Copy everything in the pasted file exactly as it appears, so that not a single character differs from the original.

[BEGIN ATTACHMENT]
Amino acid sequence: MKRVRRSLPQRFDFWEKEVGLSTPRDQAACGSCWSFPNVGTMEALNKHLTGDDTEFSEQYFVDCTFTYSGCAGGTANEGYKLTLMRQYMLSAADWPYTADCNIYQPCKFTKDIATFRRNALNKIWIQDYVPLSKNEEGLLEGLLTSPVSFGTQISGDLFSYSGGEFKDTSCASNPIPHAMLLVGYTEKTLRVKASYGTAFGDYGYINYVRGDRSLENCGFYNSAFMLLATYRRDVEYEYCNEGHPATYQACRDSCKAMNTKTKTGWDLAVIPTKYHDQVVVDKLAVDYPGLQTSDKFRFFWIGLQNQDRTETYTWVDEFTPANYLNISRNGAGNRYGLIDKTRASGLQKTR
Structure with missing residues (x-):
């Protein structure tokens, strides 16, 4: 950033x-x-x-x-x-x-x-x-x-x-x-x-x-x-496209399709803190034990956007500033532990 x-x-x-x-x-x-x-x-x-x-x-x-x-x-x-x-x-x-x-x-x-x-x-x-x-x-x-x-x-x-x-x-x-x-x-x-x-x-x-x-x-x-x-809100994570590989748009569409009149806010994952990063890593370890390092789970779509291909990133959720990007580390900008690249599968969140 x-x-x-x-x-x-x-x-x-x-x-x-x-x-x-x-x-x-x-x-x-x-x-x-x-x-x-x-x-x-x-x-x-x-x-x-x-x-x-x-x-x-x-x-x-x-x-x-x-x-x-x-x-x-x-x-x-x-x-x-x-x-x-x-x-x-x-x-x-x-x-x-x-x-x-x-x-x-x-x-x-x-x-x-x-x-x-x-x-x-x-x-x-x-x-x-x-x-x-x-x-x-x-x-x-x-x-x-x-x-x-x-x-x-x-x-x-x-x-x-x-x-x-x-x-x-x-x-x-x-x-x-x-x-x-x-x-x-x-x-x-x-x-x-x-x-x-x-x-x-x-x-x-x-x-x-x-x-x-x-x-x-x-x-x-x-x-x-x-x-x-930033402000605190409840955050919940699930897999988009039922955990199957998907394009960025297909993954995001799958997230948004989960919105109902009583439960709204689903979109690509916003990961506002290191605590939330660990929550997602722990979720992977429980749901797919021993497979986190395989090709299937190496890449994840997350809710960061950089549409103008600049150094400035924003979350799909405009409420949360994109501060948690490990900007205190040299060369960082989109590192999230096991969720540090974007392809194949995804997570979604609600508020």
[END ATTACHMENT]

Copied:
Amino acid sequence: MKRVRRSLPQRFDFWEKEVGLSTPRDQAACGSCWSFPNVGTMEALNKHLTGDDTEFSEQYFVDCTFTYSGCAGGTANEGYKLTLMRQYMLSAADWPYTADCNIYQPCKFTKDIATFRRNALNKIWIQDYVPLSKNEEGLLEGLLTSPVSFGTQISGDLFSYSGGEFKDTSCASNPIPHAMLLVGYTEKTLRVKASYGTAFGDYGYINYVRGDRSLENCGFYNSAFMLLATYRRDVEYEYCNEGHPATYQACRDSCKAMNTKTKTGWDLAVIPTKYHDQVVVDKLAVDYPGLQTSDKFRFFWIGLQNQDRTETYTWVDEFTPANYLNISRNGAGNRYGLIDKTRASGLQKTR
Structure with missing residues (x-):
């Protein structure tokens, strides 16, 4: 950033x-x-x-x-x-x-x-x-x-x-x-x-x-x-496209399709803190034990956007500033532990 x-x-x-x-x-x-x-x-x-x-x-x-x-x-x-x-x-x-x-x-x-x-x-x-x-x-x-x-x-x-x-x-x-x-x-x-x-x-x-x-x-x-x-809100994570590989748009569409009149806010994952990063890593370890390092789970779509291909990133959720990007580390900008690249599968969140 x-x-x-x-x-x-x-x-x-x-x-x-x-x-x-x-x-x-x-x-x-x-x-x-x-x-x-x-x-x-x-x-x-x-x-x-x-x-x-x-x-x-x-x-x-x-x-x-x-x-x-x-x-x-x-x-x-x-x-x-x-x-x-x-x-x-x-x-x-x-x-x-x-x-x-x-x-x-x-x-x-x-x-x-x-x-x-x-x-x-x-x-x-x-x-x-x-x-x-x-x-x-x-x-x-x-x-x-x-x-x-x-x-x-x-x-x-x-x-x-x-x-x-x-x-x-x-x-x-x-x-x-x-x-x-x-x-x-x-x-x-x-x-x-x-x-x-x-x-x-x-x-x-x-x-x-x-x-x-x-x-x-x-x-x-x-x-x-x-x-x-930033402000605190409840955050919940699930897999988009039922955990199957998907394009960025297909993954995001799958997230948004989960919105109902009583439960709204689903979109690509916003990961506002290191605590939330660990929550997602722990979720992977429980749901797919021993497979986190395989090709299937190496890449994840997350809710960061950089549409103008600049150094400035924003979350799909405009409420949360994109501060948690490990900007205190040299060369960082989109590192999230096991969720540090974007392809194949995804997570979604609600508020």